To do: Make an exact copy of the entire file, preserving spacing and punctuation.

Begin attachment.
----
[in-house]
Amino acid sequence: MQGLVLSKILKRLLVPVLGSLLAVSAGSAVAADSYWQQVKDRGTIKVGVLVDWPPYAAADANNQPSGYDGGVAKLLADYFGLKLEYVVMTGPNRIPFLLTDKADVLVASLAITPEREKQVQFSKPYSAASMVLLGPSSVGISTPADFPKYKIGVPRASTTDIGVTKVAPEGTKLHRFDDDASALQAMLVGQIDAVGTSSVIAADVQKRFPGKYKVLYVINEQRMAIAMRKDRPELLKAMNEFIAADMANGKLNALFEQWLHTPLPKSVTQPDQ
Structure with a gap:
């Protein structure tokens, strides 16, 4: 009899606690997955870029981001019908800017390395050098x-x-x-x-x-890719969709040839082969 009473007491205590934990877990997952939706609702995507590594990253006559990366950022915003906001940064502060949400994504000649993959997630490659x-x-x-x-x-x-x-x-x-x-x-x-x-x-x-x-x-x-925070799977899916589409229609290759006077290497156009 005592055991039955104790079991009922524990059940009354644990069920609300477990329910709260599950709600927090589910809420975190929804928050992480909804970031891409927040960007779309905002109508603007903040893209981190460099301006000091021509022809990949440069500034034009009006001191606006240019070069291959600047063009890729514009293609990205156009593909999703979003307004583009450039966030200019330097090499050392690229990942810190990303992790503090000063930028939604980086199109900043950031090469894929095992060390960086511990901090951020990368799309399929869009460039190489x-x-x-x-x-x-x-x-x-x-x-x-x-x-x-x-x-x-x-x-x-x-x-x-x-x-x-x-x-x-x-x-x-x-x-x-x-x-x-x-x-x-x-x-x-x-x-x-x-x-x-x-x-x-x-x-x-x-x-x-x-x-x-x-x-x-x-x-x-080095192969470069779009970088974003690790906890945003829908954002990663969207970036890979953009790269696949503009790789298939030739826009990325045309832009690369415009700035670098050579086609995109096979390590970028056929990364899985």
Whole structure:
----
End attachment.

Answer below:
[in-house]
Amino acid sequence: MQGLVLSKILKRLLVPVLGSLLAVSAGSAVAADSYWQQVKDRGTIKVGVLVDWPPYAAADANNQPSGYDGGVAKLLADYFGLKLEYVVMTGPNRIPFLLTDKADVLVASLAITPEREKQVQFSKPYSAASMVLLGPSSVGISTPADFPKYKIGVPRASTTDIGVTKVAPEGTKLHRFDDDASALQAMLVGQIDAVGTSSVIAADVQKRFPGKYKVLYVINEQRMAIAMRKDRPELLKAMNEFIAADMANGKLNALFEQWLHTPLPKSVTQPDQ
Structure with a gap:
């Protein structure tokens, strides 16, 4: 009899606690997955870029981001019908800017390395050098x-x-x-x-x-890719969709040839082969 009473007491205590934990877990997952939706609702995507590594990253006559990366950022915003906001940064502060949400994504000649993959997630490659x-x-x-x-x-x-x-x-x-x-x-x-x-x-x-x-x-x-925070799977899916589409229609290759006077290497156009 005592055991039955104790079991009922524990059940009354644990069920609300477990329910709260599950709600927090589910809420975190929804928050992480909804970031891409927040960007779309905002109508603007903040893209981190460099301006000091021509022809990949440069500034034009009006001191606006240019070069291959600047063009890729514009293609990205156009593909999703979003307004583009450039966030200019330097090499050392690229990942810190990303992790503090000063930028939604980086199109900043950031090469894929095992060390960086511990901090951020990368799309399929869009460039190489x-x-x-x-x-x-x-x-x-x-x-x-x-x-x-x-x-x-x-x-x-x-x-x-x-x-x-x-x-x-x-x-x-x-x-x-x-x-x-x-x-x-x-x-x-x-x-x-x-x-x-x-x-x-x-x-x-x-x-x-x-x-x-x-x-x-x-x-x-080095192969470069779009970088974003690790906890945003829908954002990663969207970036890979953009790269696949503009790789298939030739826009990325045309832009690369415009700035670098050579086609995109096979390590970028056929990364899985």
Whole structure: